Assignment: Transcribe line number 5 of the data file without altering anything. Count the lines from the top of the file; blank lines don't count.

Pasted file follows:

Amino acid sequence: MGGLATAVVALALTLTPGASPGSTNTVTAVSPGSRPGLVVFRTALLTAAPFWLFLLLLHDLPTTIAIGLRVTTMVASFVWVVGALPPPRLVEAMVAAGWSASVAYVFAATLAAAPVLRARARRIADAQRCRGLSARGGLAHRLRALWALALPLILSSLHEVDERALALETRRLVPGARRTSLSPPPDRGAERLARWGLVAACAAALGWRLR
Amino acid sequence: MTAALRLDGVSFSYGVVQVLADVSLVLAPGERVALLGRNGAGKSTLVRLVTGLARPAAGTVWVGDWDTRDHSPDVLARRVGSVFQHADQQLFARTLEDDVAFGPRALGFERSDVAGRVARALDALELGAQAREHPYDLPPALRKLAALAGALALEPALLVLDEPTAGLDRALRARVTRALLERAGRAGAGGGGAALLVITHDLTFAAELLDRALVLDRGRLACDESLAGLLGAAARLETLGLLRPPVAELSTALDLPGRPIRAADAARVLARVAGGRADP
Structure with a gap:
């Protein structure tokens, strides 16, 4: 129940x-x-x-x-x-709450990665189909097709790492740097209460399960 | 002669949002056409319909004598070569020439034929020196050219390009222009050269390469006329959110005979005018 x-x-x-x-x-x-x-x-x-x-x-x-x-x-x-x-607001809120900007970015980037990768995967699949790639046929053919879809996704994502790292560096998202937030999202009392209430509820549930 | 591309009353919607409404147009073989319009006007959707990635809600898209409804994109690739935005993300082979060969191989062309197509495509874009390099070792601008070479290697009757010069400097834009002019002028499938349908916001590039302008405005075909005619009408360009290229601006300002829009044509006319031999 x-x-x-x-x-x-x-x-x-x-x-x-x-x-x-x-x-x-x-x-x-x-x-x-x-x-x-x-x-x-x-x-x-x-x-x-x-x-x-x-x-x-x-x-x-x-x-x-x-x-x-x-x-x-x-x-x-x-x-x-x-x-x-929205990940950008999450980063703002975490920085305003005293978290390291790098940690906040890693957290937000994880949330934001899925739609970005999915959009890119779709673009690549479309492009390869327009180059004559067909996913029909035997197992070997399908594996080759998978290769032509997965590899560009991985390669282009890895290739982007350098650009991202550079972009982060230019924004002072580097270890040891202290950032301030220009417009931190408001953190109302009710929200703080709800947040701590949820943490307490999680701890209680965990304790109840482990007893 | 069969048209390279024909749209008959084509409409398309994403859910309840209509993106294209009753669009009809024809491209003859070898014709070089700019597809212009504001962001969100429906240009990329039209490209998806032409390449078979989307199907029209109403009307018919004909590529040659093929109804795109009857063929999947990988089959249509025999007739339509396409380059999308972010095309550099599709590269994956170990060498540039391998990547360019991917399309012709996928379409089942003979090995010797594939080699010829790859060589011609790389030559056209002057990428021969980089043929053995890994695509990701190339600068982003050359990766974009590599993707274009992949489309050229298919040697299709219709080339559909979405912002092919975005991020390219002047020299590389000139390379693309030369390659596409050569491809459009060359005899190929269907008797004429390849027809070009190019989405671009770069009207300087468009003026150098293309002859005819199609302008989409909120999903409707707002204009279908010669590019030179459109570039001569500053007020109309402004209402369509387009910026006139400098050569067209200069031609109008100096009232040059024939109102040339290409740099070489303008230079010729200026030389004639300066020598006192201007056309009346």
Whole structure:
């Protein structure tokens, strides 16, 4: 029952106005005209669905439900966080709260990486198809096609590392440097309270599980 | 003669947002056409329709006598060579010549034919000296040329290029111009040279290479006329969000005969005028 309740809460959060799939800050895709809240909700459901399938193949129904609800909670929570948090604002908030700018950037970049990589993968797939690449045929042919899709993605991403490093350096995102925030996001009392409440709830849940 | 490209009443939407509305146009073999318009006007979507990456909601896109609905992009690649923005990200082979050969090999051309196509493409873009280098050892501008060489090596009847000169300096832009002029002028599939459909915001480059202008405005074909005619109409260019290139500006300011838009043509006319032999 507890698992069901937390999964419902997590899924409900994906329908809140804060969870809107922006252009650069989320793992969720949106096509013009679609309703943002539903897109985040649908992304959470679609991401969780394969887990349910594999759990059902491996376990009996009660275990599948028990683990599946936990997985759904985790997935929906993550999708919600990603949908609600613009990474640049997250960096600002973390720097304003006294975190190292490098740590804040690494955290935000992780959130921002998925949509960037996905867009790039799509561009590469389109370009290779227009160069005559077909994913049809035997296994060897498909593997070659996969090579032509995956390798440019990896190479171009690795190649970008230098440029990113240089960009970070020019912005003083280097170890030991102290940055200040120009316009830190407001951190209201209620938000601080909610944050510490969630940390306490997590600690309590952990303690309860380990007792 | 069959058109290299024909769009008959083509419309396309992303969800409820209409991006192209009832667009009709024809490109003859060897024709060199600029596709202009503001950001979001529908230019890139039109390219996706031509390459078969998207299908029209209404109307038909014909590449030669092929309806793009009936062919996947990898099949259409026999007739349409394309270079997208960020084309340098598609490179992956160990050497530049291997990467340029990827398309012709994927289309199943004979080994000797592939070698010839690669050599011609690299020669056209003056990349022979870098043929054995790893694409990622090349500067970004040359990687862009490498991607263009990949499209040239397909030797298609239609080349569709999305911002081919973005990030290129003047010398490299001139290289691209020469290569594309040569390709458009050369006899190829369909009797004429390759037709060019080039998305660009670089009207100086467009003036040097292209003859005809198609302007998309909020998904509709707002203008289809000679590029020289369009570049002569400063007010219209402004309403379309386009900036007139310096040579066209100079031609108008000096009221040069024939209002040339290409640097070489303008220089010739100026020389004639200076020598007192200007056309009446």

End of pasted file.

Whole structure: